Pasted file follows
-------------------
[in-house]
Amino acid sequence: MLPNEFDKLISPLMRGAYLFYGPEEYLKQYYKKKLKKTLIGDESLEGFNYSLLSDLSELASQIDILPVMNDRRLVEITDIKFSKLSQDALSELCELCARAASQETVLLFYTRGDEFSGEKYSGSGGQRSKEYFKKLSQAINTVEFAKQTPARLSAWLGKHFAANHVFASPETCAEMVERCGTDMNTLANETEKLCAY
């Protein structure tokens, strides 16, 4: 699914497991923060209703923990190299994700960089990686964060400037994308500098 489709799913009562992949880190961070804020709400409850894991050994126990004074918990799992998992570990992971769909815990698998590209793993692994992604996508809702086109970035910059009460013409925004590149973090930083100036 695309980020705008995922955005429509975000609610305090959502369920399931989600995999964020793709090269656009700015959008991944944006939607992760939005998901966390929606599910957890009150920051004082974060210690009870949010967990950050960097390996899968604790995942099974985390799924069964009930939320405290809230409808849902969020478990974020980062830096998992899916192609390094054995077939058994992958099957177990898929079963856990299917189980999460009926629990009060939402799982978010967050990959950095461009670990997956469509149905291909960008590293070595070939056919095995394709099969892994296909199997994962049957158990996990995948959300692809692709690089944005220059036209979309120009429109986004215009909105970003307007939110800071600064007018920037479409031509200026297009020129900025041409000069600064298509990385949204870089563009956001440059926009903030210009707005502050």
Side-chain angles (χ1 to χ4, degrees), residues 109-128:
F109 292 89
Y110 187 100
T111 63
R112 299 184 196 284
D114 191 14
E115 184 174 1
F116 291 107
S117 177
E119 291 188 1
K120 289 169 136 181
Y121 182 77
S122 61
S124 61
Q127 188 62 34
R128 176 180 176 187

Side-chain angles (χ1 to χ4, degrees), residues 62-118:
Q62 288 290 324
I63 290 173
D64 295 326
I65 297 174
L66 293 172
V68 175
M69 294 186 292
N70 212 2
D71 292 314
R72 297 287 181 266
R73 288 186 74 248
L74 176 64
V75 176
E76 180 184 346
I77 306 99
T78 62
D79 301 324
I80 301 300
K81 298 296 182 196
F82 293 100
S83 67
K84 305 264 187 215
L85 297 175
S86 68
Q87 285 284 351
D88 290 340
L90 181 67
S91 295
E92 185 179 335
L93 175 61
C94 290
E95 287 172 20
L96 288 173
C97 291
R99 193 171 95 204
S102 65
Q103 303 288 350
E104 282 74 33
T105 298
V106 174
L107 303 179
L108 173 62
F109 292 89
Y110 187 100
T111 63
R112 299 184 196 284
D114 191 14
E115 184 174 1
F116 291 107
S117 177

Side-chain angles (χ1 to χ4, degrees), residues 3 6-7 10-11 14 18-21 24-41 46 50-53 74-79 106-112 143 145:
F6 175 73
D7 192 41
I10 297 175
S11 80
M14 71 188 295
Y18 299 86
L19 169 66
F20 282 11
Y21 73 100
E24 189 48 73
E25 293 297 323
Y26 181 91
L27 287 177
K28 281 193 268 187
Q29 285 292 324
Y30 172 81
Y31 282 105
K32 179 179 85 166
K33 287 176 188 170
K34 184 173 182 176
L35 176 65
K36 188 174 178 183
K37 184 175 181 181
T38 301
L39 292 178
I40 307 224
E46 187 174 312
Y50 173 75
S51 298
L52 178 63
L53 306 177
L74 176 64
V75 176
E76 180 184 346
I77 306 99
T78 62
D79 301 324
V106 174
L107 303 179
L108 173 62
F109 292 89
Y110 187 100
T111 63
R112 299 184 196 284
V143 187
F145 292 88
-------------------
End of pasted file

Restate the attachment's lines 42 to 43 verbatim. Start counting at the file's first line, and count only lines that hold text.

K84 305 264 187 215
L85 297 175